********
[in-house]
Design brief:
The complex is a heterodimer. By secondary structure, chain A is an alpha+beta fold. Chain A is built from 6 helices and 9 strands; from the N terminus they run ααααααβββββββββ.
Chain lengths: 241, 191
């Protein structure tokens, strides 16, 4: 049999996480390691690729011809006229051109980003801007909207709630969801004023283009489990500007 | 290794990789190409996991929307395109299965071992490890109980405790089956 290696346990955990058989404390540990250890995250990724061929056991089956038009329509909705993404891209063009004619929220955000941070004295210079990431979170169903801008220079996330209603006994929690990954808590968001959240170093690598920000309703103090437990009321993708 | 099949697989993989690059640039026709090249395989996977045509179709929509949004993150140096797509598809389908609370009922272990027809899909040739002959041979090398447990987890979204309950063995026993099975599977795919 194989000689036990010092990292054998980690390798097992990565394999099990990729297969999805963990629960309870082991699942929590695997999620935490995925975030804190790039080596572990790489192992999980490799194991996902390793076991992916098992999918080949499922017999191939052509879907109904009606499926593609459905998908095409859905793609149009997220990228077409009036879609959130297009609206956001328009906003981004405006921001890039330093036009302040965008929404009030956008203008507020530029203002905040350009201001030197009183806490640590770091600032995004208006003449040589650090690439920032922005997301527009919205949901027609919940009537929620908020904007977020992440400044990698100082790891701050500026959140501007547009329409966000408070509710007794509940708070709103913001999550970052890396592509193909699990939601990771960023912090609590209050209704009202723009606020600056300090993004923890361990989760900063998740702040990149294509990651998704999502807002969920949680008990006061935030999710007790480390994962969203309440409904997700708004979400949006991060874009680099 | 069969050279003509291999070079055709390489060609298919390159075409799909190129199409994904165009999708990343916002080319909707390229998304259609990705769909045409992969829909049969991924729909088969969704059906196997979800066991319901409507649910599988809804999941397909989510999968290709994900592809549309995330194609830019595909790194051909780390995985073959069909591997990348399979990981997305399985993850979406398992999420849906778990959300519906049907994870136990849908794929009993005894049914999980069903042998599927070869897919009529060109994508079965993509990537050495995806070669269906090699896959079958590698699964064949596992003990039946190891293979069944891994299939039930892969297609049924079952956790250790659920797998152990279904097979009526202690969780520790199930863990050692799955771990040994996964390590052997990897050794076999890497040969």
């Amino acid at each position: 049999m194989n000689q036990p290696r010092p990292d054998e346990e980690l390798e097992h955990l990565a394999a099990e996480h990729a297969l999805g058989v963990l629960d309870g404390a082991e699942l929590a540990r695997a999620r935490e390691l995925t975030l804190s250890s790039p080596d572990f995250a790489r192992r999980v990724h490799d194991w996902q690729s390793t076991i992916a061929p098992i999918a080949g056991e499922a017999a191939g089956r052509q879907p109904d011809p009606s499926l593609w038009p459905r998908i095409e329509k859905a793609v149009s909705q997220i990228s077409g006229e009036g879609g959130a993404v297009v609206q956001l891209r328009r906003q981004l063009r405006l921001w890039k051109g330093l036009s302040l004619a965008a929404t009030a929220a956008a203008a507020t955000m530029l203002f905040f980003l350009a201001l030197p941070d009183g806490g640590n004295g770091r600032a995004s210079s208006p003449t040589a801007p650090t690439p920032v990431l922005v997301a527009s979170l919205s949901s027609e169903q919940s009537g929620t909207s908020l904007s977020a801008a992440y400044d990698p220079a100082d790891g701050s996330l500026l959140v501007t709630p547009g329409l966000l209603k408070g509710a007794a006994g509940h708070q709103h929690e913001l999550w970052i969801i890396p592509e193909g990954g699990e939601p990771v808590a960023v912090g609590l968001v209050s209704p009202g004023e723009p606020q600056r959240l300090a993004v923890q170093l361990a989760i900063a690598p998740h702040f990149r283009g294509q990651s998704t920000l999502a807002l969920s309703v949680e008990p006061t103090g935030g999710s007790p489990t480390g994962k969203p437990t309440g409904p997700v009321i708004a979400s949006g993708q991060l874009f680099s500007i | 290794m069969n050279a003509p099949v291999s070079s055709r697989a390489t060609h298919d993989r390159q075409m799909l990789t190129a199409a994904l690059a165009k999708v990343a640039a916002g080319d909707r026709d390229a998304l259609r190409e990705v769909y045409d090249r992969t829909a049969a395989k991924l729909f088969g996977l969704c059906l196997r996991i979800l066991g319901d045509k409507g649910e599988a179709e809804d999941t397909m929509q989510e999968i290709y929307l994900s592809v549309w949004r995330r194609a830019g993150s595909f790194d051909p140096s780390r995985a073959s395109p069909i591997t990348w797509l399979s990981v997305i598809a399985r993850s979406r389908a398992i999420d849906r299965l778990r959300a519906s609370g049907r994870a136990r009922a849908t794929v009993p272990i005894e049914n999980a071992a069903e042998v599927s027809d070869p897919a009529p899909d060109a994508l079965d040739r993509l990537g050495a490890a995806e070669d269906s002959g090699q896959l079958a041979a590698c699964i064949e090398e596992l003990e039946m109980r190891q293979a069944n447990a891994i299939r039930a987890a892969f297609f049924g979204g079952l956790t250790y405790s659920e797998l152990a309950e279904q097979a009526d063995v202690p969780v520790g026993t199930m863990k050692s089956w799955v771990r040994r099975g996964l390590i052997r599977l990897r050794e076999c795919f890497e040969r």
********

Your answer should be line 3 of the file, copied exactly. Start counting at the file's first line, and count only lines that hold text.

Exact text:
The complex is a heterodimer. By secondary structure, chain A is an alpha+beta fold. Chain A is built from 6 helices and 9 strands; from the N terminus they run ααααααβββββββββ.